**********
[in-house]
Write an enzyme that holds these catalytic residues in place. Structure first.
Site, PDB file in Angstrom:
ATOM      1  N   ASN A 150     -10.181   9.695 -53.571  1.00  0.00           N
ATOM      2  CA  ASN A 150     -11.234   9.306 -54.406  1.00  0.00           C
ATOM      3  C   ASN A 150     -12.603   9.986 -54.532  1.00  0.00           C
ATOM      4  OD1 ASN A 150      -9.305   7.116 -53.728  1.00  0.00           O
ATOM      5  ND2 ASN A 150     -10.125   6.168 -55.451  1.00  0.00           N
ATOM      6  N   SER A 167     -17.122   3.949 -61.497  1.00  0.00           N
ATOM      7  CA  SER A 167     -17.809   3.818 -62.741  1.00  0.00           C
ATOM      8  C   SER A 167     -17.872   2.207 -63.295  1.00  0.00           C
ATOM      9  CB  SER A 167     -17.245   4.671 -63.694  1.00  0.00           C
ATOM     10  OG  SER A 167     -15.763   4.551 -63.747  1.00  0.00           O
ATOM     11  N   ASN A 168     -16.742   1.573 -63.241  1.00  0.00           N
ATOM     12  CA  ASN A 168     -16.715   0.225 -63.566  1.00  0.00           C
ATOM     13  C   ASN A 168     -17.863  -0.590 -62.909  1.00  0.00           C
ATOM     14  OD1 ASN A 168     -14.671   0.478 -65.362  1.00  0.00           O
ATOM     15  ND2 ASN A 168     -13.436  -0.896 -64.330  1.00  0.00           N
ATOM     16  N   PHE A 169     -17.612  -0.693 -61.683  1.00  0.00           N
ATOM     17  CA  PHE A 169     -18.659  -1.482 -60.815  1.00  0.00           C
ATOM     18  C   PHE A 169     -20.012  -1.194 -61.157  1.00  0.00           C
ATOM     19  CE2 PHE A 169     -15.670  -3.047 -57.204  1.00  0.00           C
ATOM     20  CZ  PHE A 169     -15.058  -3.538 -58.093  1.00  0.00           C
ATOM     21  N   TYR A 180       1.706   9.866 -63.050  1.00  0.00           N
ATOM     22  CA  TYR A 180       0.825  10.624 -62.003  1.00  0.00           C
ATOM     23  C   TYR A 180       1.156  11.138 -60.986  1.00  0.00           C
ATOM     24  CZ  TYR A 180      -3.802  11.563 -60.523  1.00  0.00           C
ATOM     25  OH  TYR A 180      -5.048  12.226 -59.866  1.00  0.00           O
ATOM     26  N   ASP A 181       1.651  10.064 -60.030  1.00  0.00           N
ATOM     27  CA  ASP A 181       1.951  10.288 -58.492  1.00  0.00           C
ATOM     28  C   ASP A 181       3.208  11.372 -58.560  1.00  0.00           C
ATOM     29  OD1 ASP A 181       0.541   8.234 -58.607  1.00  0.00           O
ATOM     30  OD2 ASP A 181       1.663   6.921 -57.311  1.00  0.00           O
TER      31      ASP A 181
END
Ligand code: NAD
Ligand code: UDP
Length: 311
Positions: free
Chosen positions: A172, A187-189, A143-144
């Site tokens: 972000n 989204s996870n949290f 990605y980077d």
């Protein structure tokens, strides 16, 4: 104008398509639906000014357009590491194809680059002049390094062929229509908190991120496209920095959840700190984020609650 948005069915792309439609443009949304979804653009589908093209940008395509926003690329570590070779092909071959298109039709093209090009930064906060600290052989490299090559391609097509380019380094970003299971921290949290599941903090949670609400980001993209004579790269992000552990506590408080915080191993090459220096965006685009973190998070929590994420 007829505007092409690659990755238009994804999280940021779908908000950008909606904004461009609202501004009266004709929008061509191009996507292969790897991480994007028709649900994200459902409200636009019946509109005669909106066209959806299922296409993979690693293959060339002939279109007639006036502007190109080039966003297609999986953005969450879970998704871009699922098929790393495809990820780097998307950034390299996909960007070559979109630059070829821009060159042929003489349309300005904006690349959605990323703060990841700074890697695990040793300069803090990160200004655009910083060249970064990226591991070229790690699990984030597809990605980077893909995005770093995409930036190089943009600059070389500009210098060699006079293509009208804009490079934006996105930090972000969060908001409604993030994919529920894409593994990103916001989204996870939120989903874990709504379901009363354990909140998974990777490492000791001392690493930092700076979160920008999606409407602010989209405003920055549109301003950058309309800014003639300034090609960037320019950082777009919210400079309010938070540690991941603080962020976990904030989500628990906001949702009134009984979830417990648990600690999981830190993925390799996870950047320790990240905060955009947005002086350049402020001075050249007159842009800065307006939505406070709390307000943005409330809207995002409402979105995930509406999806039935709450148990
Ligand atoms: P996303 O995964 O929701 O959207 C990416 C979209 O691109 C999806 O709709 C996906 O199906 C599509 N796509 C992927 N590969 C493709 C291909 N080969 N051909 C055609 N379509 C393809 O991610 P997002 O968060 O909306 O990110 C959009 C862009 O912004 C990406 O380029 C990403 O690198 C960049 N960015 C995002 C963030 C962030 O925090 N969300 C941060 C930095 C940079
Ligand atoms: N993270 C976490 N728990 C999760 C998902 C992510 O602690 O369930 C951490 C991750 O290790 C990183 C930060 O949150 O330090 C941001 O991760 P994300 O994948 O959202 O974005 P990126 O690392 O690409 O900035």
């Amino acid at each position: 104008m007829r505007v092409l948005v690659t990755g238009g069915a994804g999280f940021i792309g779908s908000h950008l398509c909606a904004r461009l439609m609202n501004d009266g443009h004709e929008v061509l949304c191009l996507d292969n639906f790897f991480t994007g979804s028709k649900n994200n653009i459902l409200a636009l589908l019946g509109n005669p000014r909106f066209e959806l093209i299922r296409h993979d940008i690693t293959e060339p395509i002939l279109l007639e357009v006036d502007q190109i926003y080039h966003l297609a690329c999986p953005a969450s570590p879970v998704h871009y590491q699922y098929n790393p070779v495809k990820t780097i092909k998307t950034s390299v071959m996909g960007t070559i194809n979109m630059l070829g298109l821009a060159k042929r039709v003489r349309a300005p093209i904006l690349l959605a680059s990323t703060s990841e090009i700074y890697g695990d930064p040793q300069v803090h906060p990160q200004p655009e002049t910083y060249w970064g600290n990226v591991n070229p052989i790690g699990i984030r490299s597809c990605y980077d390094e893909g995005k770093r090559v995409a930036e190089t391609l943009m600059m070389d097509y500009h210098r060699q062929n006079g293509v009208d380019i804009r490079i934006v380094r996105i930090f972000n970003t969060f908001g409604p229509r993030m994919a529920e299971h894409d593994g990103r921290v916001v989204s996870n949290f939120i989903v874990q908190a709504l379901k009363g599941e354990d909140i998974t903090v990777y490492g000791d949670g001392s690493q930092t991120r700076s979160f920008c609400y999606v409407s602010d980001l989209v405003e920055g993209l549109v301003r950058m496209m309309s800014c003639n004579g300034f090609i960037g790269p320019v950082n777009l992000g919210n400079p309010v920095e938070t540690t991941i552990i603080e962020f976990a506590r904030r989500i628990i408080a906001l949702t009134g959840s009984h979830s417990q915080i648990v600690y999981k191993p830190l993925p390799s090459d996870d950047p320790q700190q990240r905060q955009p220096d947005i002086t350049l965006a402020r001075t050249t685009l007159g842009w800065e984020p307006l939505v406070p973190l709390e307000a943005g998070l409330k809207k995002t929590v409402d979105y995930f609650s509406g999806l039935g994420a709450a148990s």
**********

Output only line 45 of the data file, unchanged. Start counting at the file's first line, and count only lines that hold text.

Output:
């Amino acid at each position: 104008m007829r505007v092409l948005v690659t990755g238009g069915a994804g999280f940021i792309g779908s908000h950008l398509c909606a904004r461009l439609m609202n501004d009266g443009h004709e929008v061509l949304c191009l996507d292969n639906f790897f991480t994007g979804s028709k649900n994200n653009i459902l409200a636009l589908l019946g509109n005669p000014r909106f066209e959806l093209i299922r296409h993979d940008i690693t293959e060339p395509i002939l279109l007639e357009v006036d502007q190109i926003y080039h966003l297609a690329c999986p953005a969450s570590p879970v998704h871009y590491q699922y098929n790393p070779v495809k990820t780097i092909k998307t950034s390299v071959m996909g960007t070559i194809n979109m630059l070829g298109l821009a060159k042929r039709v003489r349309a300005p093209i904006l690349l959605a680059s990323t703060s990841e090009i700074y890697g695990d930064p040793q300069v803090h906060p990160q200004p655009e002049t910083y060249w970064g600290n990226v591991n070229p052989i790690g699990i984030r490299s597809c990605y980077d390094e893909g995005k770093r090559v995409a930036e190089t391609l943009m600059m070389d097509y500009h210098r060699q062929n006079g293509v009208d380019i804009r490079i934006v380094r996105i930090f972000n970003t969060f908001g409604p229509r993030m994919a529920e299971h894409d593994g990103r921290v916001v989204s996870n949290f939120i989903v874990q908190a709504l379901k009363g599941e354990d909140i998974t903090v990777y490492g000791d949670g001392s690493q930092t991120r700076s979160f920008c609400y999606v409407s602010d980001l989209v405003e920055g993209l549109v301003r950058m496209m309309s800014c003639n004579g300034f090609i960037g790269p320019v950082n777009l992000g919210n400079p309010v920095e938070t540690t991941i552990i603080e962020f976990a506590r904030r989500i628990i408080a906001l949702t009134g959840s009984h979830s417990q915080i648990v600690y999981k191993p830190l993925p390799s090459d996870d950047p320790q700190q990240r905060q955009p220096d947005i002086t350049l965006a402020r001075t050249t685009l007159g842009w800065e984020p307006l939505v406070p973190l709390e307000a943005g998070l409330k809207k995002t929590v409402d979105y995930f609650s509406g999806l039935g994420a709450a148990s």